Therapeutic potential<p>The researchers suspect TBG might be able to treat multiple conditions simultaneously.</p><p style="margin-left: 20px;">"We've been focused on treating one psychiatric disease at a time, but we know that these illnesses overlap," David Olson, assistant professor of chemistry at UC Davis and senior author on the paper, told <a href="https://www.ucdavis.edu/news/new-compound-related-psychedelic-ibogaine-could-treat-addiction-depression/" target="_blank">UC Davis News</a>. "It's unbelievable how little we know about them." "It might be possible to treat multiple diseases with the same drug."</p><p>But before drugs like TBG could be used to treat addiction or depression in humans, more research will be needed to better understand the drug, its safety and whether its therapeutic effects extend beyond rodents. Another interesting question, though not explored by the study, is whether the psychedelic properties of ibogaine possess therapeutic benefits; by removing the trip aspect, would users be missing out?</p>
The psychedelic aspect<p>Maybe. Psychedelic experiences are mysterious and highly subjective, with some people reporting terrifying and negative trips, while others gain useful insights. Here's one account of a positive experience posted on <a href="https://erowid.org/experiences/exp.php?ID=58716" target="_blank">Erowid</a>:</p><p style="margin-left: 20px;">"[1 hour 20 minutes after ingestion] I am having an intense communion with a spirit in the shape of a purple-colored, brain-shaped cloud of vapor, which shows me the interconnection of myself and all things in the universe. It must sound comical to read it in words, but it was the most profound and beautiful experience in my life."</p><p style="margin-left: 20px;">"[7 hours after ingestion] [...] something interesting has started happening in my brain. I feel as if there is a distinct second consciousness inside me, and I can carry on internal conversations with it, asking questions, receiving answers. The other consciousness seems extremely wise, I sense it is another part of me that has never been encumbered by fears or doubts [...]"</p>To be sure, you can also find reports of ibogaine making people sick, being too powerful or <a href="https://erowid.org/experiences/exp.php?ID=94015" target="_blank">not being worth the money</a> to experiment with it at a treatment center. But regardless of the psychedelic properties, the new study adds to the <a href="https://bigthink.com/mind-brain/psychedelic-therapy" target="_self">renaissance of research exploring how psychedelics can help treat mental health conditions</a>.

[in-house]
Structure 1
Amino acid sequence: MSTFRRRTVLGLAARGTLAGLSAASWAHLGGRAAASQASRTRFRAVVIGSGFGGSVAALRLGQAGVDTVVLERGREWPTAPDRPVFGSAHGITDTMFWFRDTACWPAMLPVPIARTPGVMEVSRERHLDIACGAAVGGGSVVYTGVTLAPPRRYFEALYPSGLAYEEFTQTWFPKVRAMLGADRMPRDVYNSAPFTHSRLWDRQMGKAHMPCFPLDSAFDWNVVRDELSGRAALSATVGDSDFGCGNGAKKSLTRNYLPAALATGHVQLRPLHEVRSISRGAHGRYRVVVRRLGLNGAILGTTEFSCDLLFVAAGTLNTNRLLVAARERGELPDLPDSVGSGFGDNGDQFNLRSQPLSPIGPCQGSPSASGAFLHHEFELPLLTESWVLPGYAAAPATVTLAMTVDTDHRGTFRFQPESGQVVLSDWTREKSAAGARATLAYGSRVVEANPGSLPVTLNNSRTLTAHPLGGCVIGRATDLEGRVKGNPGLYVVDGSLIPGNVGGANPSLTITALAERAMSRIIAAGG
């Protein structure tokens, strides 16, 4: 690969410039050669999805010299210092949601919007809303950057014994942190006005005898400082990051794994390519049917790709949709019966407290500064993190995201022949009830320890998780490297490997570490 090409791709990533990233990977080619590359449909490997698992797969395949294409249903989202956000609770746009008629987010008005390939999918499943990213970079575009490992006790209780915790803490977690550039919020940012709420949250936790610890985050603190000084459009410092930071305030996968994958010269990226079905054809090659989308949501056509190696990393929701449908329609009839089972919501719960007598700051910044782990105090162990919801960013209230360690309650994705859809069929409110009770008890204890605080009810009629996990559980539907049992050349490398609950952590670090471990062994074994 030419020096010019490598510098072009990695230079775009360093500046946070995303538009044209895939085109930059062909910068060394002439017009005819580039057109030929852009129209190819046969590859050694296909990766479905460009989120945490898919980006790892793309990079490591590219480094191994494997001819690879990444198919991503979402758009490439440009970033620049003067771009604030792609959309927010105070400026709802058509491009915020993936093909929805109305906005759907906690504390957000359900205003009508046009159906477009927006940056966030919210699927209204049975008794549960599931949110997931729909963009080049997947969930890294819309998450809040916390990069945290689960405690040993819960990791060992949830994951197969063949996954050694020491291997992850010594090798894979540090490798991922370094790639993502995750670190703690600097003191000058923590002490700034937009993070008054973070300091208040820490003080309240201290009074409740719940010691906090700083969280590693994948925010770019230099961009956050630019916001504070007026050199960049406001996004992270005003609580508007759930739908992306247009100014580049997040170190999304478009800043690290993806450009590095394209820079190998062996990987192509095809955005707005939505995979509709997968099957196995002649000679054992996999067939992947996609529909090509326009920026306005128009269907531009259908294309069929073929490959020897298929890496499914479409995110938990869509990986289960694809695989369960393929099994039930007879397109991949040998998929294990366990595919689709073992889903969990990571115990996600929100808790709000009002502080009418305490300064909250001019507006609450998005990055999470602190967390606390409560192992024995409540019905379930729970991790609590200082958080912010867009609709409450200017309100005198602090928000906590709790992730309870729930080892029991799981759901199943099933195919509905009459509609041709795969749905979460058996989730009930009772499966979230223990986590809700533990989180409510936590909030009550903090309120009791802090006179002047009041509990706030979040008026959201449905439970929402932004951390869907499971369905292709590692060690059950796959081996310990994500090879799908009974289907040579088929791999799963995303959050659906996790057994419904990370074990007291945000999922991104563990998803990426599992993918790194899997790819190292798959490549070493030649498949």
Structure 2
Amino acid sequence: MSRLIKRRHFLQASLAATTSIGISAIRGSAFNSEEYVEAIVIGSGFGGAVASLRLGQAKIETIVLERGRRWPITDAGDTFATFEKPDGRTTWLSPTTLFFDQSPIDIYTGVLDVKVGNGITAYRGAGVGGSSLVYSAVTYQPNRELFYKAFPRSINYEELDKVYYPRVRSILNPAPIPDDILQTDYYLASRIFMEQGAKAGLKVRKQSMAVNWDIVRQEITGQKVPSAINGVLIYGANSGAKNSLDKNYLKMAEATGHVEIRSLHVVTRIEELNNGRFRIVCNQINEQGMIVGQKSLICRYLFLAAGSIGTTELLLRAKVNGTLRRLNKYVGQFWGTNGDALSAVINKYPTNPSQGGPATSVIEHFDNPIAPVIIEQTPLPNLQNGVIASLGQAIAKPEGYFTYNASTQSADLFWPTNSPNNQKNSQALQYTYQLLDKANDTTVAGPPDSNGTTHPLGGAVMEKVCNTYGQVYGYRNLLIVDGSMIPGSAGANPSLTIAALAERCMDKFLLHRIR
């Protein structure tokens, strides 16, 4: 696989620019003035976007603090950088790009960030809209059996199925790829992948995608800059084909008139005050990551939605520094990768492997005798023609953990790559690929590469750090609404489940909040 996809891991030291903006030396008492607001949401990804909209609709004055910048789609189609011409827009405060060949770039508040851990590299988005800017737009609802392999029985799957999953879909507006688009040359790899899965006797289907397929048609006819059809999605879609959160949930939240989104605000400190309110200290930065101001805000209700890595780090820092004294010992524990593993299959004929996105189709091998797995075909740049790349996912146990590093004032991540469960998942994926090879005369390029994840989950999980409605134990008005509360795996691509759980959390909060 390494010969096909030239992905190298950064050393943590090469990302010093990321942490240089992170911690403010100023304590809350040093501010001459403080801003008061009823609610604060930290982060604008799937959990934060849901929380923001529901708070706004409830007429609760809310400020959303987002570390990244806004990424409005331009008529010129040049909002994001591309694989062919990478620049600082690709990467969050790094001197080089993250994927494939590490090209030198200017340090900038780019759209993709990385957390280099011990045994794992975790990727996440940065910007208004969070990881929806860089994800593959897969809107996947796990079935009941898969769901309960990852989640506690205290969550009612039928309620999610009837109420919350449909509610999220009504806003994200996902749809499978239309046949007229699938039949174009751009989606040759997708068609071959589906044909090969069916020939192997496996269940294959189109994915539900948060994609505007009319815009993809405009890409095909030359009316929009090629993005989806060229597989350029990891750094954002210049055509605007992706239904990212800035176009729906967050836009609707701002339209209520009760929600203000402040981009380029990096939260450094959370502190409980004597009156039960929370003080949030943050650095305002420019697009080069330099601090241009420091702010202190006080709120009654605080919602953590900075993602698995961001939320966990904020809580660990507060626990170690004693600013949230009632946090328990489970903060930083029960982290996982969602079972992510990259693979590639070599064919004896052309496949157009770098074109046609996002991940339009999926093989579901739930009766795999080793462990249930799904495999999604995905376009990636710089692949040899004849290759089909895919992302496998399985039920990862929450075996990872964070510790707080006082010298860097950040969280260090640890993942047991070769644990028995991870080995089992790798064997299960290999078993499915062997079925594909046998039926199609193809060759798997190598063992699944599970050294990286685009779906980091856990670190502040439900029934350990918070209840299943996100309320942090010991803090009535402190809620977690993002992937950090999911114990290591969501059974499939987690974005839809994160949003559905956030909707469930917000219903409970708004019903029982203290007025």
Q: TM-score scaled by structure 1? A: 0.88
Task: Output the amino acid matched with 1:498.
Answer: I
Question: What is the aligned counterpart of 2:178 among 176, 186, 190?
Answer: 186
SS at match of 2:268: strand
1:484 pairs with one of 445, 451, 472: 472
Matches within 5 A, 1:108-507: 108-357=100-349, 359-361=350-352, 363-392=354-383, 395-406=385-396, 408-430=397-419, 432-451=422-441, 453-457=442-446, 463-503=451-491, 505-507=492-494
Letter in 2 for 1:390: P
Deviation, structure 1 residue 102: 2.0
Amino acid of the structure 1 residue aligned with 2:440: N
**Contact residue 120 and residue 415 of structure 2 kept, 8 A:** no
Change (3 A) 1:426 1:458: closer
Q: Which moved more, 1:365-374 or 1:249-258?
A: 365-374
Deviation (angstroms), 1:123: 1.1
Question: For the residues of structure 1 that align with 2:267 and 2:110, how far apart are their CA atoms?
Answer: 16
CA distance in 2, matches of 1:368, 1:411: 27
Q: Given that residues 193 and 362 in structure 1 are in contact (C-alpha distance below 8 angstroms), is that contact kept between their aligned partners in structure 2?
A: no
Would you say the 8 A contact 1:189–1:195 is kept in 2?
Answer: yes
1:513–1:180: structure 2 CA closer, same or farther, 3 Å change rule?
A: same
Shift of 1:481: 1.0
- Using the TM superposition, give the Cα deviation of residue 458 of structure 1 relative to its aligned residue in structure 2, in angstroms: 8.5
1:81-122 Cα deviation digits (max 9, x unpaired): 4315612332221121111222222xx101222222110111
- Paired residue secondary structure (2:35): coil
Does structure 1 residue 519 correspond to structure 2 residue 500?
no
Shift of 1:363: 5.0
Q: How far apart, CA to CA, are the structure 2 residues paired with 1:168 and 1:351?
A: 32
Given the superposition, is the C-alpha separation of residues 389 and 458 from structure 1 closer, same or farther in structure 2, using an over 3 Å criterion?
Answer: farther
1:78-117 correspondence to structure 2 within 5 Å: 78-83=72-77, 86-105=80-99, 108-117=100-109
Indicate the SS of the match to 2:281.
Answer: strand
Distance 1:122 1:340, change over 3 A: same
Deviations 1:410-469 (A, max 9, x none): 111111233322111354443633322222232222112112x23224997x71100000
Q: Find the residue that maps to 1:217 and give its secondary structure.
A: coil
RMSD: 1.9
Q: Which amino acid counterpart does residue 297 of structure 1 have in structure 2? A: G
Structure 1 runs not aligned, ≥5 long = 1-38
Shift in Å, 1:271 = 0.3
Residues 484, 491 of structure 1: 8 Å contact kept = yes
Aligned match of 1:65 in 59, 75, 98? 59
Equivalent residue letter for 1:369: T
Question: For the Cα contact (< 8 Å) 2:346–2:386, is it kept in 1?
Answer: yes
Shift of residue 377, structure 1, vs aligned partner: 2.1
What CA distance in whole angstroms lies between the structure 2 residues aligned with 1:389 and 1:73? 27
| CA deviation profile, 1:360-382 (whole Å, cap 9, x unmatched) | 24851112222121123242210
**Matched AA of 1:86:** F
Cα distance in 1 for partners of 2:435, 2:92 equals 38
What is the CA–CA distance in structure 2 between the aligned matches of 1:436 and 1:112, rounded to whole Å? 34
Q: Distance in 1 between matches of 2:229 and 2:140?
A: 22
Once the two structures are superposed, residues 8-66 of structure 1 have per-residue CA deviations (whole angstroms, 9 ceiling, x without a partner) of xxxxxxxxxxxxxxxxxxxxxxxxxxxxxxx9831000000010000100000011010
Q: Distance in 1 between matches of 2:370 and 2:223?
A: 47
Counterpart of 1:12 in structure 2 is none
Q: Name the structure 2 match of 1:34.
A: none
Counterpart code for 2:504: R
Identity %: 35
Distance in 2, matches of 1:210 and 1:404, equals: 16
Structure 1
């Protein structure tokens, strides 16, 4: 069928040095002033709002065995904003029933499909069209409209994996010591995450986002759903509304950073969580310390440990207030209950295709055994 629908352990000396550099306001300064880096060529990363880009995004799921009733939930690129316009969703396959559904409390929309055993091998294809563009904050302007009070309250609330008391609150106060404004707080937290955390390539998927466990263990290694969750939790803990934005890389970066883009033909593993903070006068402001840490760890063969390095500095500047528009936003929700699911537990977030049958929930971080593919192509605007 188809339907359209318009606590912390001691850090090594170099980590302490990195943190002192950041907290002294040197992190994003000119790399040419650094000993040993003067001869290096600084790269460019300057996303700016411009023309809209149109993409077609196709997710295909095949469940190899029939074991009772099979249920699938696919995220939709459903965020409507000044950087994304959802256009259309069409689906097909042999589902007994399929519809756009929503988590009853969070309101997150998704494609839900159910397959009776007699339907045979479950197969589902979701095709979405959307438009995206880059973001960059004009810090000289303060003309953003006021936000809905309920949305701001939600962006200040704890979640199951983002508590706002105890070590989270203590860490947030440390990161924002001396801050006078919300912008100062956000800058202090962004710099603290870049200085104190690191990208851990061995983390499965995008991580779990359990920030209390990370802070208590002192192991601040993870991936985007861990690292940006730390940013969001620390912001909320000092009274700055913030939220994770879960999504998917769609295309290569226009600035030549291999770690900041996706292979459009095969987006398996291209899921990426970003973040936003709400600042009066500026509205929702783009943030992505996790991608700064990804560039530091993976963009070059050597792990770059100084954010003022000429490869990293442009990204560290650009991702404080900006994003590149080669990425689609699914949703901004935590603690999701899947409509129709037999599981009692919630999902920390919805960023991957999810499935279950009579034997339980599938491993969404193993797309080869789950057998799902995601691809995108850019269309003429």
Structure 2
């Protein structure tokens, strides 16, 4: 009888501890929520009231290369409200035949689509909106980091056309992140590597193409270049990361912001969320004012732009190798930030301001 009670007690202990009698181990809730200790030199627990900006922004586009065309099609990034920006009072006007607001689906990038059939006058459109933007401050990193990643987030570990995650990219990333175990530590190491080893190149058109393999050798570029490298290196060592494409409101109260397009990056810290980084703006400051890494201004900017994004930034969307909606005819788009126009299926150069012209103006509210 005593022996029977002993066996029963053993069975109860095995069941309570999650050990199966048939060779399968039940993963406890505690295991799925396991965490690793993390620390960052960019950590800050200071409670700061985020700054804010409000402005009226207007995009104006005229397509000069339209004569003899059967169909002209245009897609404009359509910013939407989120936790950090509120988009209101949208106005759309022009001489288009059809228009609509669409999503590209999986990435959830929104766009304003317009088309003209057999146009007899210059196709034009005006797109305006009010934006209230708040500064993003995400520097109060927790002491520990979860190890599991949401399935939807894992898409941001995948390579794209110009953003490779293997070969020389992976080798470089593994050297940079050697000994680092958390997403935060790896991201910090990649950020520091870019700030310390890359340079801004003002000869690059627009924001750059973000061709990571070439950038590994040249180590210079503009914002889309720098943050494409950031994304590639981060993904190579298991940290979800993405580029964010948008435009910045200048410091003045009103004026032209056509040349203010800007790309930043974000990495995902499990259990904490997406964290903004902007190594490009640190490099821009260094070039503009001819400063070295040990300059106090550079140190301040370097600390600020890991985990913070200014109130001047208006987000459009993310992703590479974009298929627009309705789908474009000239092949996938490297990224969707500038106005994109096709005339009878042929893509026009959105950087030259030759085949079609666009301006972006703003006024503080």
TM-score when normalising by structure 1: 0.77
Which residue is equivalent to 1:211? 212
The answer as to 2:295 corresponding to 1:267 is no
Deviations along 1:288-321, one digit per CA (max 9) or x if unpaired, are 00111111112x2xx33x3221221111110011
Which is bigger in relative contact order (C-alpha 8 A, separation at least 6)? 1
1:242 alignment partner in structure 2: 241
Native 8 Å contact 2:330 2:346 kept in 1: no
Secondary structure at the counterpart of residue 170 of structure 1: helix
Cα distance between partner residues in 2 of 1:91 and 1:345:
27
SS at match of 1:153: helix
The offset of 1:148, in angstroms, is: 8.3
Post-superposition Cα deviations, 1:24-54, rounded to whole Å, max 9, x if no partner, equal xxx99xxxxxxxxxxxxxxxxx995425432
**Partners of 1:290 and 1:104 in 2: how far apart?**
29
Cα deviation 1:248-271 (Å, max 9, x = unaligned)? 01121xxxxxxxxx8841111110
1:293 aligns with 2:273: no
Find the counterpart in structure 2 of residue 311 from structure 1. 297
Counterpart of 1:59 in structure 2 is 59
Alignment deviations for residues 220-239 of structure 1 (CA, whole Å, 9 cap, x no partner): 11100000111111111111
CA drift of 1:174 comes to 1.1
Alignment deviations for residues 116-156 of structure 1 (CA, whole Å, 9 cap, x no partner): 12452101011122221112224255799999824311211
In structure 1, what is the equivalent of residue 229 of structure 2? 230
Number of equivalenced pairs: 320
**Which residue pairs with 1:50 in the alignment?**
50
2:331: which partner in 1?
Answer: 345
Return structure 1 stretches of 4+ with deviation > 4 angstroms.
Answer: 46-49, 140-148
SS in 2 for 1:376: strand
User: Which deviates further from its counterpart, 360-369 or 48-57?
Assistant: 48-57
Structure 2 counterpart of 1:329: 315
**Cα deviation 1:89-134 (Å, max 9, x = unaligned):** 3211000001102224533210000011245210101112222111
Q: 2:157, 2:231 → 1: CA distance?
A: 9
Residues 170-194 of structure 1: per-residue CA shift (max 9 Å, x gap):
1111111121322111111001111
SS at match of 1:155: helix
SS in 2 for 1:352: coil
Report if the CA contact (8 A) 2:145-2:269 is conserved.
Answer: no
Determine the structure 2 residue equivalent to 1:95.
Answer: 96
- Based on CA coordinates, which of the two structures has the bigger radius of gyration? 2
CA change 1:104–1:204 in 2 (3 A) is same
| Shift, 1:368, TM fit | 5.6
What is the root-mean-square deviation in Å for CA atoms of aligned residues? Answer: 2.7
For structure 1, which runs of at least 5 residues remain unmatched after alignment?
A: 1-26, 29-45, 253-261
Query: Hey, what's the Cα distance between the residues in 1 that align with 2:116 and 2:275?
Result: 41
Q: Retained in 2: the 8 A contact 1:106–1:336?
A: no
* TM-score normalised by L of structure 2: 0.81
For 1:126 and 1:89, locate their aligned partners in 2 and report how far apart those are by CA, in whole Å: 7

Psychedelic therapy will become legal in Oregon in 2023. That's thanks largely to a renaissance of psychedelic research that's changing attitudes on the substances' medical potential.
- In November, Oregon voted to legalize psilocybin therapy.
- Psilocybin is already being used in clinical research settings, but it remains a controlled substance on the federal level.
- At the 2020 Web Summit, two experts in the field of psychedelic research and therapy shed light on what the future of psilocybin therapy might look like.